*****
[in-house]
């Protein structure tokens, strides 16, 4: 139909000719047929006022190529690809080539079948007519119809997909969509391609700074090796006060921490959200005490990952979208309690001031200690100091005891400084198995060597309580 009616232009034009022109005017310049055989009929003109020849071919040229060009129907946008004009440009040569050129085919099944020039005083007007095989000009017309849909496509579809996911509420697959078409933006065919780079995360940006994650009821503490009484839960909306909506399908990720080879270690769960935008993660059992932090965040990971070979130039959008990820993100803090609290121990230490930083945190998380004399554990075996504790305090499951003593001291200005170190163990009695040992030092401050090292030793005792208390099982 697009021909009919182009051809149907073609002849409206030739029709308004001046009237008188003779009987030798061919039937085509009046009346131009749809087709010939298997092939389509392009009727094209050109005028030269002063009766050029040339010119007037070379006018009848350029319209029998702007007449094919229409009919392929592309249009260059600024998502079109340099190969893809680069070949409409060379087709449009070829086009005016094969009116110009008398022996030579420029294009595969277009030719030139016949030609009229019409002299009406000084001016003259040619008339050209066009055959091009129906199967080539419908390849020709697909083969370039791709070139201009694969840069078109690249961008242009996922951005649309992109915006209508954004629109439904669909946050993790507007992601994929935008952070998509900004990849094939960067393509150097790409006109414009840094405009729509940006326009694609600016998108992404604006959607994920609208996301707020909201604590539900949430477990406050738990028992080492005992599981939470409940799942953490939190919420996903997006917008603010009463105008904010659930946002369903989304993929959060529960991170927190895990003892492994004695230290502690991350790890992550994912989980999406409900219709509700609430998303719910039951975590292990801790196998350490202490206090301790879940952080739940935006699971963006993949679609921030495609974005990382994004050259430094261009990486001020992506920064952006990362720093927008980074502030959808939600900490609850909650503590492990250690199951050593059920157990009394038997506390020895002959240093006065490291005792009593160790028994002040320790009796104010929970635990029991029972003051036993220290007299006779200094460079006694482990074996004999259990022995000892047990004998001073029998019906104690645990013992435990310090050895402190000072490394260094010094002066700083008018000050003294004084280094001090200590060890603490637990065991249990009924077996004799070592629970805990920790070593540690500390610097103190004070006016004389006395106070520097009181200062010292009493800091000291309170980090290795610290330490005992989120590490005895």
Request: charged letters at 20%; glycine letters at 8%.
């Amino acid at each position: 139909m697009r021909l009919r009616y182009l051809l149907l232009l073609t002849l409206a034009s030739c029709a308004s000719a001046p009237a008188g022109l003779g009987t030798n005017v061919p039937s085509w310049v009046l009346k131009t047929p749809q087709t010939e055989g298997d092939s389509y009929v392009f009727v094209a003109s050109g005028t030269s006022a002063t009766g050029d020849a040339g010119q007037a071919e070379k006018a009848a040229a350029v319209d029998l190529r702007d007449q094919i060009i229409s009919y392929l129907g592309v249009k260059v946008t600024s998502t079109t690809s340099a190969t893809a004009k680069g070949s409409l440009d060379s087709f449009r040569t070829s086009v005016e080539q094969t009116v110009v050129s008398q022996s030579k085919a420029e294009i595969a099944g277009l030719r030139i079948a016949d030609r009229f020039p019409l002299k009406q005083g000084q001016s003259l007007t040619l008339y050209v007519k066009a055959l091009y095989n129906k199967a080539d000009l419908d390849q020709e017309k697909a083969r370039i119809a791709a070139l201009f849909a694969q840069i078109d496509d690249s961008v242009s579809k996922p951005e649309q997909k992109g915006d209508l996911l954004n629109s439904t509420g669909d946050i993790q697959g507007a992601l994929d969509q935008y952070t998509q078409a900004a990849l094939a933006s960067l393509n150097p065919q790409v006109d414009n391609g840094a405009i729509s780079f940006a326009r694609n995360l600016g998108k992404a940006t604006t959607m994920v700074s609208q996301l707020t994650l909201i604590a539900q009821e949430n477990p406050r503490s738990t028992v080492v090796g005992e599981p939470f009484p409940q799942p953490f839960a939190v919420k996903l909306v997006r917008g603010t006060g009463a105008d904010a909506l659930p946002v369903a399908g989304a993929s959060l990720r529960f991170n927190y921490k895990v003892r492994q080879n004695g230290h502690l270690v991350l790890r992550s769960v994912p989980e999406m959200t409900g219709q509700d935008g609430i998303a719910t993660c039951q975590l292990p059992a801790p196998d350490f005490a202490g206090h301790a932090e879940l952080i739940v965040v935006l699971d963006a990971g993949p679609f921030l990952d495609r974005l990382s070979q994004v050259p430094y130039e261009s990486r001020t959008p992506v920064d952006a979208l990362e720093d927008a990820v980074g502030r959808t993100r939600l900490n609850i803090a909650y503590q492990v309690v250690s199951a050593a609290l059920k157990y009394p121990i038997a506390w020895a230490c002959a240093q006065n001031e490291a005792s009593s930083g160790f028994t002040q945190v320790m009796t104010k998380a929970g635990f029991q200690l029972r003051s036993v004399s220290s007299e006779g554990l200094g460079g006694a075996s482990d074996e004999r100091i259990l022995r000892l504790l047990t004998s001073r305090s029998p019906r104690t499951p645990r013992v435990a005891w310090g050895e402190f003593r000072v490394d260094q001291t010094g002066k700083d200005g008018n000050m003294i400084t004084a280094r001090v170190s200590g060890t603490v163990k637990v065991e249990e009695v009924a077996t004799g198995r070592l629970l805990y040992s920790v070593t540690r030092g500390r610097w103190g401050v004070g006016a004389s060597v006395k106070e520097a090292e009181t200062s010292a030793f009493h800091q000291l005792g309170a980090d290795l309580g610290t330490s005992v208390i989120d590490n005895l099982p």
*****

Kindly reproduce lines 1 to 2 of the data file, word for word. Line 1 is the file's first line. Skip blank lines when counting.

[in-house]
């Protein structure tokens, strides 16, 4: 139909000719047929006022190529690809080539079948007519119809997909969509391609700074090796006060921490959200005490990952979208309690001031200690100091005891400084198995060597309580 009616232009034009022109005017310049055989009929003109020849071919040229060009129907946008004009440009040569050129085919099944020039005083007007095989000009017309849909496509579809996911509420697959078409933006065919780079995360940006994650009821503490009484839960909306909506399908990720080879270690769960935008993660059992932090965040990971070979130039959008990820993100803090609290121990230490930083945190998380004399554990075996504790305090499951003593001291200005170190163990009695040992030092401050090292030793005792208390099982 697009021909009919182009051809149907073609002849409206030739029709308004001046009237008188003779009987030798061919039937085509009046009346131009749809087709010939298997092939389509392009009727094209050109005028030269002063009766050029040339010119007037070379006018009848350029319209029998702007007449094919229409009919392929592309249009260059600024998502079109340099190969893809680069070949409409060379087709449009070829086009005016094969009116110009008398022996030579420029294009595969277009030719030139016949030609009229019409002299009406000084001016003259040619008339050209066009055959091009129906199967080539419908390849020709697909083969370039791709070139201009694969840069078109690249961008242009996922951005649309992109915006209508954004629109439904669909946050993790507007992601994929935008952070998509900004990849094939960067393509150097790409006109414009840094405009729509940006326009694609600016998108992404604006959607994920609208996301707020909201604590539900949430477990406050738990028992080492005992599981939470409940799942953490939190919420996903997006917008603010009463105008904010659930946002369903989304993929959060529960991170927190895990003892492994004695230290502690991350790890992550994912989980999406409900219709509700609430998303719910039951975590292990801790196998350490202490206090301790879940952080739940935006699971963006993949679609921030495609974005990382994004050259430094261009990486001020992506920064952006990362720093927008980074502030959808939600900490609850909650503590492990250690199951050593059920157990009394038997506390020895002959240093006065490291005792009593160790028994002040320790009796104010929970635990029991029972003051036993220290007299006779200094460079006694482990074996004999259990022995000892047990004998001073029998019906104690645990013992435990310090050895402190000072490394260094010094002066700083008018000050003294004084280094001090200590060890603490637990065991249990009924077996004799070592629970805990920790070593540690500390610097103190004070006016004389006395106070520097009181200062010292009493800091000291309170980090290795610290330490005992989120590490005895």